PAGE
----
This is an archived copy of the Xen.org mailing list, which we have preserved to ensure that existing links to archives are not broken. The live archive, which contains the latest emails, can be found at http://lists.xen.org/
Home Products Support Community News


AW: [Xen-users] Understanding sparse-files

To: <xen-users@xxxxxxxxxxxxxxxxxxx>
Subject: AW: [Xen-users] Understanding sparse-files
From: "Rustedt, Florian" <Florian.Rustedt@xxxxxxxxxxx>
Date: Tue, 16 Dec 2008 15:47:26 +0100
Cc: john.haxby@xxxxxxxxxx
Delivery-date: Tue, 16 Dec 2008 06:53:38 -0800
Envelope-to: www-data@xxxxxxxxxxxxxxxxxxx
In-reply-to: <4947BD2D.9000201@xxxxxxxxxx>
List-help: <mailto:xen-users-request@lists.xensource.com?subject=help>
List-id: Xen user discussion <xen-users.lists.xensource.com>
List-post: <mailto:xen-users@lists.xensource.com>
List-subscribe: <http://lists.xensource.com/mailman/listinfo/xen-users>, <mailto:xen-users-request@lists.xensource.com?subject=subscribe>
List-unsubscribe: <http://lists.xensource.com/mailman/listinfo/xen-users>, <mailto:xen-users-request@lists.xensource.com?subject=unsubscribe>
References: <152CD2A019ABF542B87AFDC5010DFBEE2E7256@xxxxxxxxxxxxxxxxxxxxxxxxxx> <4947BD2D.9000201@xxxxxxxxxx>
Sender: xen-users-bounces@xxxxxxxxxxxxxxxxxxx
Thread-index: AclfixO5x5NosMjMTFSLP1B90r1CqgAAaiOQ
Thread-topic: [Xen-users] Understanding sparse-files
 Thank you!

That was exactly what i needed ;)

I must have done something wrong in my tests, because i couldn't "overbook" my 
partition like this examples did and that's exactly what i hoped that is 
possible with sparse files! Now it works.

Does the choosen blocksize has impact on the formatting, so do i need to take 
smaller blocksizes if i want to use the space with the filesystem i am choosing 
more efficiently?
Or is it just for calculation, so formatting a "dd bs=512K seek=2048" results 
exactly in the same filesystemlayout after formatting as a "dd bs=1M seek=1024" 
would do?
So in both cases, i can use a "mkfs.ext2 -b 512 huge" and the resulting file 
mounts in both cases equally with a 256 Byte blocksize?

Kind regards, Florian

> -----Ursprüngliche Nachricht-----
> Von: John Haxby [mailto:john.haxby@xxxxxxxxxx] 
> Gesendet: Dienstag, 16. Dezember 2008 15:38
> An: Rustedt, Florian
> Cc: xen-users@xxxxxxxxxxxxxxxxxxx
> Betreff: Re: [Xen-users] Understanding sparse-files
> Rustedt, Florian wrote:
> > What exactly is the advantage of sparse-files against 
> "normal" files 
> > with fixed length?
> >
> >   
> There are both advantages and disadvantages.
> > First i thought this is something like an auto-increasing 
> file. But if 
> > i take a 2GB partition and add two sparse-files with 1GB 
> each, i can't 
> > add an additional one, the disk is full?
> >
> >   
> No, that's not it.
> > So what about this mystic advantage? Is it only the faster 
> creation of 
> > that file with dd, because it is not completely filled?
> > That's all?
> >   
> If you create yourself a nice big sparse file like this
>     dd bs=1M seek=10240 count=0 if=/dev/zero of=huge
> And then look at what you've got with "ls -lh" you'll see you 
> have a 10G file that was created almost instantly.  On the 
> other hand, "ls -sh" 
> will show that the file is actually occupying no space at all 
> (well, almost no space).  You can make this file bigger like this:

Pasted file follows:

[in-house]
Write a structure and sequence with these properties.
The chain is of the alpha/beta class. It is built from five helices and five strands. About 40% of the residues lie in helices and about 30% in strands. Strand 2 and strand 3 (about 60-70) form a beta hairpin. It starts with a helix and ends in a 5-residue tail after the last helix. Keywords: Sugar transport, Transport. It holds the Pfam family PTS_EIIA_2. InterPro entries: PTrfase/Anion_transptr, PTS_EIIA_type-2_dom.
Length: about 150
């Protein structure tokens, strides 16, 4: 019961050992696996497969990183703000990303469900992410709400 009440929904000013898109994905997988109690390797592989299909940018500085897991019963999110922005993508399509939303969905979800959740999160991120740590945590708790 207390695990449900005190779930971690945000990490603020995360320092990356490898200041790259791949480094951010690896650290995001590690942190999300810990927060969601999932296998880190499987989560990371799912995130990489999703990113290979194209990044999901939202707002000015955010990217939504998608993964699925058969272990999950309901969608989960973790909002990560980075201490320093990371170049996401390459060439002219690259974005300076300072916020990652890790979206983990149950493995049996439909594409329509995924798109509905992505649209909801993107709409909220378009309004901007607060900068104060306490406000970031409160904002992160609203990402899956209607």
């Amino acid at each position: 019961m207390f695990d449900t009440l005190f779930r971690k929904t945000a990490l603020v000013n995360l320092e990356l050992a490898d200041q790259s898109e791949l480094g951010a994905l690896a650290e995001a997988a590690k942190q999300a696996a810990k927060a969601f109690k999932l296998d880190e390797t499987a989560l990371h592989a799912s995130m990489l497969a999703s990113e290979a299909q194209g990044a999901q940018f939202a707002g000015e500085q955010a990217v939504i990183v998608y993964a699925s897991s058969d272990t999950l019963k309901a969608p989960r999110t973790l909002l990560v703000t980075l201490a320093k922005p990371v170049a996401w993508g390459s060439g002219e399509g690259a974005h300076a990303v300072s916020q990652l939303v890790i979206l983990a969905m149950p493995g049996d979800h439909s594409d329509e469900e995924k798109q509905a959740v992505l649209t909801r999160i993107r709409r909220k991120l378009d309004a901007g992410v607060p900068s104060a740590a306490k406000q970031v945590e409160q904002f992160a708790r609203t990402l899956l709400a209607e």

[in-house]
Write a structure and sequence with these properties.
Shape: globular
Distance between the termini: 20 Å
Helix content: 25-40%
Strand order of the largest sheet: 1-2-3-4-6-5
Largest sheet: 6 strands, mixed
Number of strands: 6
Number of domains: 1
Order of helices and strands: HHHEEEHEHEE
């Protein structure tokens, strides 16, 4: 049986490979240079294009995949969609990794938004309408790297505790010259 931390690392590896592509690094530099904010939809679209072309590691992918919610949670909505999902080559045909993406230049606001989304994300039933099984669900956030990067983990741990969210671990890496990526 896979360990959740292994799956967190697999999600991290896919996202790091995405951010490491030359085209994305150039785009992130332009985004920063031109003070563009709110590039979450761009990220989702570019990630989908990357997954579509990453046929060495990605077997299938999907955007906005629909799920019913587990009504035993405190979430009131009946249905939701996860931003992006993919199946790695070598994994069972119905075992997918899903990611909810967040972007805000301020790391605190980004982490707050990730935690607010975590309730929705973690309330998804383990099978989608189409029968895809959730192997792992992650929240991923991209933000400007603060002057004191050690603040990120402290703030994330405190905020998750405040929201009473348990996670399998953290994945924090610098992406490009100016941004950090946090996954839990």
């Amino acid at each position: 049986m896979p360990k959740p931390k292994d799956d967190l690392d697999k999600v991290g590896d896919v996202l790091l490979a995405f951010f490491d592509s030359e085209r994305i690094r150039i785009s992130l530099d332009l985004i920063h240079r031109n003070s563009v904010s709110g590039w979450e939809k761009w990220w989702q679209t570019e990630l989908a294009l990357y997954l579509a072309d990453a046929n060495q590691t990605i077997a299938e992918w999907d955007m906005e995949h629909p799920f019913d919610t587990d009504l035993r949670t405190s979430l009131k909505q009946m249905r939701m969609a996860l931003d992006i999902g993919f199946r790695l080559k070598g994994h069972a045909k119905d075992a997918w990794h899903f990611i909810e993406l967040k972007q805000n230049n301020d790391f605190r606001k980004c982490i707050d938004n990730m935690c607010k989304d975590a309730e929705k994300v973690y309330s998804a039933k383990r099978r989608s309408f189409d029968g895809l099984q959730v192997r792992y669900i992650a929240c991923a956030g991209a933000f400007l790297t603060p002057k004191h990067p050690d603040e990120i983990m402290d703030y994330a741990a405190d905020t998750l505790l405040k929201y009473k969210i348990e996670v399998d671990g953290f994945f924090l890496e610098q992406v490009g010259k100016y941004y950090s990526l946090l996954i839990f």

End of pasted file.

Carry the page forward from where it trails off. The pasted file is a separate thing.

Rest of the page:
>     dd bs=1M seek=20480 count=0 if=/dev/zero of=huge
> and this will make it 20GB and still not occupying much space.
> I suspect you already know this, but if you didn't, you do now :-)
> The advantage of this 20GB file is precisely that it occupies 
> next to no space on the disk that holds it.  I can start 
> writing data into it (that is, use it a a guest's disk) and 
> the blocks needed will be allocated as they are used.  In 
> fact, I could have a 200GB guest disk image even though the 
> disk I have at the moment is only 120GB and I'm using quite a 
> lot of it -- it would only be a problem if the guest actually 
> wanted to use all that space.
> There are some problems with sparse files: the compress 
> beautfully (gzip reports 99.9%) but it takes a while to read 
> the empty space and when you uncompress the file you discover 
> that it now actually occupies disk
> space: there's no good way to distinguish between an 
> unallocated block 
> and a block full of zeroes.   This also means that you need to be 
> careful how you back these files up: you need something a 
> little cleverer than gzip.
> Another problem with sparse files, especially when using them 
> as domU disks is that blocks that are contiguous in the file 
> are not contiguous 
> on the disk.   That means if, in the guest, if you just "dd 
> if=/dev/xvda 
> of=/dev/null" then domU will be seeking back and forth all over the 
> place to return the blocks in the order that they're being 
> asked for.   
> You don't need xen for this --  when I downloaded the DVD 
> image of Fedora 10 using transmission (a bittorrent client) a 
> checksum on the resulting file only managed to read it at 
> about 4MB/s.  On the other hand, when I copied the file the 
> checksum on the copy ran at closer to 100MB/s -- bittorrent 
> clients like transmission really ought to pre-allocate the 
> disk space to that you get something contiguous and also not 
> embarrassingly run out of space half way through.
> In a nutshell, though:
> pros: over-committed disk space
> cons: performance
> jch
IMPORTANT: The contents of this email and any attachments are confidential. 
They are intended for the 
named recipient(s) only.
If you have received this email in error, please notify the system manager or 
the sender immediately and do 
not disclose the contents to anyone or make copies thereof.
*** eSafe scanned this email for viruses, vandals, and malicious content. ***

Xen-users mailing list